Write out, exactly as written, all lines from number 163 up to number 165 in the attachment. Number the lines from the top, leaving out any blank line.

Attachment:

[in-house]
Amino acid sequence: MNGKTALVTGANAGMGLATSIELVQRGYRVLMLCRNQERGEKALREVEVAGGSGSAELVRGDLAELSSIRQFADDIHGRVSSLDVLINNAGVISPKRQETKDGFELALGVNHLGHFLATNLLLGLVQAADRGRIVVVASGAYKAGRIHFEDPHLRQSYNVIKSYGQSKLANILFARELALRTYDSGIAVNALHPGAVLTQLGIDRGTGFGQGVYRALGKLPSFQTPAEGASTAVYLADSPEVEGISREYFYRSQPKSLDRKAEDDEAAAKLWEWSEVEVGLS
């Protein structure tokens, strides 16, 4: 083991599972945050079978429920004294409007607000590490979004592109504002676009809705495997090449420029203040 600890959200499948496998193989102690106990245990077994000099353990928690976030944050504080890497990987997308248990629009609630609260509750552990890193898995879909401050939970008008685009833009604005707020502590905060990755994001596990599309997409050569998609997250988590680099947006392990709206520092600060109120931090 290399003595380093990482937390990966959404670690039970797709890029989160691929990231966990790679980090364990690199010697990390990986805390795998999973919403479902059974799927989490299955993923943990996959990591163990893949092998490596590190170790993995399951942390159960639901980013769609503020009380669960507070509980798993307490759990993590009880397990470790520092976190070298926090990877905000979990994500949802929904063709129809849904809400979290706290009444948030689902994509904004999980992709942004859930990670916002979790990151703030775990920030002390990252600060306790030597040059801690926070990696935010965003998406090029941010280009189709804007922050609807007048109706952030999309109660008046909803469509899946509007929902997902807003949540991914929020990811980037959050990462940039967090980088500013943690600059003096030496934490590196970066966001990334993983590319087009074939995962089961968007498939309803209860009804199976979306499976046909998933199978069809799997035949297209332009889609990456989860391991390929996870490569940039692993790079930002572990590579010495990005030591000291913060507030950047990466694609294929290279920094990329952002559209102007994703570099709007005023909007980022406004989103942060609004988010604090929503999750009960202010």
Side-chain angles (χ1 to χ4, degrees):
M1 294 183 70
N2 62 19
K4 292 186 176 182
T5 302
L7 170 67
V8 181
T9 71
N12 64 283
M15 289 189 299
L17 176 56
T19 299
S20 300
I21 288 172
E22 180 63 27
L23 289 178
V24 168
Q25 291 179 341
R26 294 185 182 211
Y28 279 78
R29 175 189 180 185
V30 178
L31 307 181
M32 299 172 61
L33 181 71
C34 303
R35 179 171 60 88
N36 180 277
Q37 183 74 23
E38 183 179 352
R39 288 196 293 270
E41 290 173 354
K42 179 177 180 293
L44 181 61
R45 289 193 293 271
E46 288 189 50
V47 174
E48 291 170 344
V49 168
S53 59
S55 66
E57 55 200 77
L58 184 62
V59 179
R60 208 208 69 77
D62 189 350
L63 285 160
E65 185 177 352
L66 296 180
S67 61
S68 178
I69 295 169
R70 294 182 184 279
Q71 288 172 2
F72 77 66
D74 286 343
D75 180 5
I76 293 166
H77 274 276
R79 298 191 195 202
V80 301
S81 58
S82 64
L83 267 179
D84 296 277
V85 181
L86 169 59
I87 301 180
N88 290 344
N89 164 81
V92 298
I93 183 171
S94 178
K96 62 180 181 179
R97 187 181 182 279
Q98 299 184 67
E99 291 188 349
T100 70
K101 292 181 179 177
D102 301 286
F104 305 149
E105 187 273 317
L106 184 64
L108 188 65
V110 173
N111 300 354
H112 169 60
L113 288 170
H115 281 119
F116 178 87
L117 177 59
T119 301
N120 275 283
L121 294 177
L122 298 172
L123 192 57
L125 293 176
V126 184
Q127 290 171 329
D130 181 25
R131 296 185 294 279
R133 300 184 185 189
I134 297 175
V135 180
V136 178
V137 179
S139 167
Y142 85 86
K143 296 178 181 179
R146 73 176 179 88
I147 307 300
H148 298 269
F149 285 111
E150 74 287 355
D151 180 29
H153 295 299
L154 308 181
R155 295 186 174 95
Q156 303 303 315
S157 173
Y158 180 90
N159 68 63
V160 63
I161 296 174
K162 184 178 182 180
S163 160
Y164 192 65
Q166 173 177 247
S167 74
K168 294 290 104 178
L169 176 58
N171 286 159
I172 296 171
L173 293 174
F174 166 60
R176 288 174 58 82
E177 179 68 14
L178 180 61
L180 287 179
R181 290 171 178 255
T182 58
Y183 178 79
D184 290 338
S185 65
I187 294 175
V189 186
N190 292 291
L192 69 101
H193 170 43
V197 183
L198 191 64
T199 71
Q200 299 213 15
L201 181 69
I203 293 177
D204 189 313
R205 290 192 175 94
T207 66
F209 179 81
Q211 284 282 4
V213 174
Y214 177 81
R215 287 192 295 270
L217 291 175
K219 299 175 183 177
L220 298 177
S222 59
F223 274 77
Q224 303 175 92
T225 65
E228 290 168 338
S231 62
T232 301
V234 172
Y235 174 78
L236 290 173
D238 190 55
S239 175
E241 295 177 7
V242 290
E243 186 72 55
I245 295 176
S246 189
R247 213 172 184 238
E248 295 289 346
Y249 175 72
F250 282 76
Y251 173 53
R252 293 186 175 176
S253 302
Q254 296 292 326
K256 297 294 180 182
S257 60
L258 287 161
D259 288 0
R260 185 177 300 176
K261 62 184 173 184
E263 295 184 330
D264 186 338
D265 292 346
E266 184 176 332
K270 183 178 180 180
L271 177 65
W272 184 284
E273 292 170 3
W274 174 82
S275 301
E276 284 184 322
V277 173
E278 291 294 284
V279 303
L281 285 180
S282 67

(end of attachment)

Q211 284 282 4
V213 174
Y214 177 81